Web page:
In my last post, I revisited my Fat Loss and Cardio – I call Bull$h*t post.  Basically, I said that Cardio sucks for Fat Loss, but definitely still has it’s uses – so use it properly. 

In the original Fat Loss and Cardio post, I said that there are 5 main components of fat loss that you should really consider when trying to lose fat most effectively:
1 – Your genetics
2 – Nutrition
3 – Exercise – Specifically Strength Training and Interval Training
4 – Supplements/Medicine
5 – Psychological Aspects (limiting beliefs, etc)

In upcoming posts, I will be talking about the best things to do in order to conquer those 5 aspects – What you should get tested for, what you should eat, exercise, the best supplements, etc. 

In this post though, I’m going to talk about the other 7 components that determine whether someone will actually make the changes they need in order to see the results that they desire. 
These 7 components are:

1 – Relationships – This is the biggest indicator of whether or not someone sticks to or drops fitness, in the short-term for people with weak goals and long-term for people with strong goals.  Period. Nothing else has the draw of fitness, like doing it with like-minded people.    
Nothing else will have a strong of an impact on our ability to justify exercise, as we can justify anything to ourselves if we are doing it with people we like.  In other words, build relationships with people who enjoy the same aspects of fitness as you, will hold you accountable and that you actually like. 

2 – Sleep – Some people can thrive off little sleep, but that’s not the point.  The point is that most people can’t thrive off little sleep while also trying to lose body fat.  It raises their cortisol levels too high and causes their ghrelin levels to increase.  Unnecessary cortisol levels will typically cause muscle breakdown and encourage fat storage, while high ghrelin levels make you hungry.  This ghrelin induced hunger is not a regular hunger though.  Typically, it will make you crave more sweets and larger portions when ghrelin levels are high. 

3 – Your Environment – This could be so many things, but the basic example is your home and workout environment.  Want to know why so many people buy treadmills or weights for their houses but never use them?  It’s because that “environment” is not very conducive to motivation.  We have intrinsic motivation, we have extrinsic motivation and then we have group-think motivation.  Sometimes, group-think motivation gets you to do things you would not have even attempted to do on your own – aka, Spin or Bootcamp classes.

4 – Money – If you want the best preventative tests, amazing food, good supplements, a nice gym, and a good trainer, you’re going to need money.  Money is rarely talked about in health and fitness when it comes to adherence and I think that’s just stupid, because it obviously plays an important role in what you actually do.  Money and how you spend it though, is a component of…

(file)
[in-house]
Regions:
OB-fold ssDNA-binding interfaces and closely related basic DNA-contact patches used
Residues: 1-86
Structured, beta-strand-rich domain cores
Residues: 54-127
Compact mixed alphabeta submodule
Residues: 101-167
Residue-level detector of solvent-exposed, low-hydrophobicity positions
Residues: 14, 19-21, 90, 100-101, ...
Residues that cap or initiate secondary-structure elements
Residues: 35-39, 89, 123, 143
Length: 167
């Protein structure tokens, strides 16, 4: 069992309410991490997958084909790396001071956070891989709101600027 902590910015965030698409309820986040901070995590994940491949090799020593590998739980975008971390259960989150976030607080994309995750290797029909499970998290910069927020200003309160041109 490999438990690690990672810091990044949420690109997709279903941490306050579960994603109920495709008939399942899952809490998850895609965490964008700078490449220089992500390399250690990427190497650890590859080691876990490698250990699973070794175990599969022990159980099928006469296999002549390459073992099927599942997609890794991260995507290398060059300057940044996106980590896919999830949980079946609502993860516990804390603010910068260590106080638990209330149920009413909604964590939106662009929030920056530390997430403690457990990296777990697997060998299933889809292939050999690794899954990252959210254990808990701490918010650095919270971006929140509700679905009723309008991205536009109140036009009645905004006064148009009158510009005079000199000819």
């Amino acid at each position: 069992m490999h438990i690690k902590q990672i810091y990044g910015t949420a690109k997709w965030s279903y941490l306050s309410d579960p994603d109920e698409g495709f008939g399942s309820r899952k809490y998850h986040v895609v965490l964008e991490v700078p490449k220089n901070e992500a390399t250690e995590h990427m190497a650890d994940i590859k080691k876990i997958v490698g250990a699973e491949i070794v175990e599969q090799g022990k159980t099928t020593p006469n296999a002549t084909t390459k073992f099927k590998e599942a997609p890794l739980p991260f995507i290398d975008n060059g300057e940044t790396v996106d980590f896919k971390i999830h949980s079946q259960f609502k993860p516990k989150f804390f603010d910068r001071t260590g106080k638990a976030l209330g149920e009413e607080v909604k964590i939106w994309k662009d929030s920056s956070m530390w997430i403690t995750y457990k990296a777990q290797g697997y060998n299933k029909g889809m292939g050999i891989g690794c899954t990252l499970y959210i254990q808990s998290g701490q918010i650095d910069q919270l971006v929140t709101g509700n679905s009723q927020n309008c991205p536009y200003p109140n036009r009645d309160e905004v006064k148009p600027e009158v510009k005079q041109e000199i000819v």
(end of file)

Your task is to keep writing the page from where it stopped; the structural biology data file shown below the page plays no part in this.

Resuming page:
5 – Perceived Time and Priorities – Is your health important to you?  Do you want to be a “body-builder” or just someone that belongs, not goes, to the best gym.  Are you the type of person that “has no time” or the type where you know that how you spend your time shows your priorities.  (There are obviously limiting beliefs also involved with these last two aspects). 

6 – Current Fitness Level – If you are OUT of shape exercising is a very different experience than if you have ALWAYS been active, as it is for every shade along the spectrum in between those two extremes. 

7a – Willingness To Do What It Takes for Your Desired Change – Many people want different things, but when they bitch about it, what they are saying is that they want to continue to do EXACTLY what they’re doing now, but get different results.  The bottom line I guess boils down to, are you willing to do the different things that are required of you to get the things you actually say you want?  As the quote goes, “The will to win means nothing without the will to prepare to win.”  Therefore, not only should you want to change your desires for the things you want in the end, but how you relate to the work you have to do. 

7b – Your baseline personality – Do you like being introverted and yet are trying to take group exercise classes?  Probably not the smartest idea.  What about your diet?  Do you despise keeping track of details and numbers and are a “just wing it” type of individual trying to track calories of everything that goes into your mouth?  That will definitely not work and vice versa is almost just as bad. 

The bottom line is that although the first 5 components of “what to do” is important for results with exercise, you will never get off the ground without factoring in these 7 aspects. 

Hopefully, not all 7 aspects are holding you back.  The question then, is what are the 1 or 2 aspects that are holding you back and what can you do to work around them?  Figure that out and should be well on your way to seeing more results from exercise.

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